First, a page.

System 100 may include one or more peripheral online storage devices 156 for storing online data and one or more peripheral offline storage devices 157 for storing and accessing offline storage media, such as a tape drive, a tape jukebox, removable or stationary disk drives (magnetic, optical or solid state; alone or organized in arrays), or solid-state devices. Peripheral online storage device 156 may use any storage media (including magnetic, optical or solid state storage media) or any type of storage device (including a drive, a microdrive, a compact disc (CD), CD-recordable (CD-R), CD-rewriteable (CD-RW), flash memory, or solid-state floppy disk cards (SSFDC)).
System 100 also may include removable offline storage media 158 and 159 that are not physically connected to the system 100. Such removable offline storage media 158 and 159 may include any type of storage media (including magnetic, optical or solid state storage media) or any type of storage device (including a drive, a microdrive, a compact disc (CD), CD-recordable (CD-R), CD-rewriteable (CD-RW), flash memory, or solid-state floppy disk cards (SSFDC)).
System 100 also may include a communications card or device 160 (e.g., a modem and/or a network adapter) for exchanging data with a network 170 using a communications link 175 (e.g., a telephone line, a wireless network link, a wired network link, or a cable network). Other examples of system 100 may include a handheld device, a workstation, a server, a device, a component, other equipment, or some combination of these capable of responding to and executing instructions in a defined manner. Any of the foregoing may be supplemented by, or incorporated in, ASICs (application-specific integrated circuits).
Online data may be stored in an object database system that logically organizes data into a series of objects. Each object is associated with a series of attributes, and each instance of an object is associated with a series of attribute values.
Online data may be stored in one or more data files without using a relational database system or an object database system. Each data file stores a series of records. A record is a collection of related data items, and each record may consist of several fields of data.
Archive file 200 stores a series of attribute tags 210-219 and associated data values 220-229 for archived data. Each attribute tag 210-219 uniquely identifies the database column used to store an associated data value 220-229 in the relational database system. For example, tag 210 has an attribute tag “T00476” that corresponds to a particular column in the online relational database. Data value 220 “CA” is the value that came from the column identified by the attribute tag “T00476”.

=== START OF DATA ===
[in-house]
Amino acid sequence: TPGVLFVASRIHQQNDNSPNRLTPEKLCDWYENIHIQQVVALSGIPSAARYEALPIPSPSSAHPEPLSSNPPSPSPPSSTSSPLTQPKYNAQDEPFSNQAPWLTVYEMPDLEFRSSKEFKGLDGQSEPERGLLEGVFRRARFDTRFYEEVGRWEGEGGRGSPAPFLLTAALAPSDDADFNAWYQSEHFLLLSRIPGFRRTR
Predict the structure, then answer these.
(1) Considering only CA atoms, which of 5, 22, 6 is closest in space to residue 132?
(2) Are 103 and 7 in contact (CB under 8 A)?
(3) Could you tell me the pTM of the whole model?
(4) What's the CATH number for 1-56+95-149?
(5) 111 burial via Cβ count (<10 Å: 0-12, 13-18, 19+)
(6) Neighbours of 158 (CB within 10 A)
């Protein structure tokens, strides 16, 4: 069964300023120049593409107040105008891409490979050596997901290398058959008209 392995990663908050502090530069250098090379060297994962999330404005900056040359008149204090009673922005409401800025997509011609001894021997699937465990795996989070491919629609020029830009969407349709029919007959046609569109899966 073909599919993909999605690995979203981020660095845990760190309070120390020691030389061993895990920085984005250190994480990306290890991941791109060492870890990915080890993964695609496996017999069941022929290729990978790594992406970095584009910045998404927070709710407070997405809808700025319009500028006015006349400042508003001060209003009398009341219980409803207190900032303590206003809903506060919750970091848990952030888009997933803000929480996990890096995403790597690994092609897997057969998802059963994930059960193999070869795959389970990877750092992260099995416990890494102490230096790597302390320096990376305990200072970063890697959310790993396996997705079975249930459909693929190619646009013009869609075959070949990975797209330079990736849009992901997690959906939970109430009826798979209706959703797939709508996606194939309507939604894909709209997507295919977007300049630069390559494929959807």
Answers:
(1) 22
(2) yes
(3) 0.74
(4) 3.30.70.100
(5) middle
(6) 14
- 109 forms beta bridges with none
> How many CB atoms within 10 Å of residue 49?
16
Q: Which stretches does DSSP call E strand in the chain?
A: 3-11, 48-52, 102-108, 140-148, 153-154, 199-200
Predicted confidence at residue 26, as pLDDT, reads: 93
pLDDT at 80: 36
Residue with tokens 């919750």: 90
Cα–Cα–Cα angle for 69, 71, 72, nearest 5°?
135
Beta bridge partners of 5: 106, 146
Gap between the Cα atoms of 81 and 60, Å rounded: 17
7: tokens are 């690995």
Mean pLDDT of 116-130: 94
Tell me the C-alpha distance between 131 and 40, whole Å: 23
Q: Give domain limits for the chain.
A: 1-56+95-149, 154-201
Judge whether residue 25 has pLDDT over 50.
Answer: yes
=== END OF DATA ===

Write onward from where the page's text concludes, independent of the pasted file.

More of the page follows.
To restore data value 220 “CA” to the online database structure, data value “CA” would be inserted into the column identified by the attribute tag “T00476” in the online database structure, even if the column is located in a different database table than the database table in which the column was located when the data was archived.
The identification of a particular column associated with a particular attribute tag may be accomplished by using the column name in the database table as the attribute tag for the column, using the identification number (which may be referred to as a “column ID”) of the column as the attribute tag for the column, or by identifying each column with a unique attribute tag, storing the association between an attribute tag and column, and storing the column-attribute-tag association in the archive file.
Archived data may be restored based on a particular key value or a range of key values. Archive file 200 stores a key attribute 230 or 231 and an associated key value 235 or 236 that identifies a row associated with the stored attribute values. Here, key value 235 “2002-03-18,854” for the key attribute 230 “17,14” is associated with the attribute tags 210-214 with associated data values 220-224. Key value 236 “2002-03-18,878” for the key attribute 231 “17,14” is associated with the attribute tags 215-219 with associated data values 225-229.
Archive file 200 may be developed using XML (“Extensible Mark-up Language”). XML is a language similar to hypertext markup language (HTML) but with the additional flexibility of being able to describe data structures that can be processed directly as data by a program. Archive file 200 may use a text file format, such as a file using an ASCII (American Standard Code for Information Interchange) code or Unicode to represent each stored character. Some implementations may store archived data in a different file format, such as a binary file or a database table.
By storing the structure of the data (here, a unique attribute tag) within the archive file that stores the data, the archived data may be restored to the same or a different online data structure.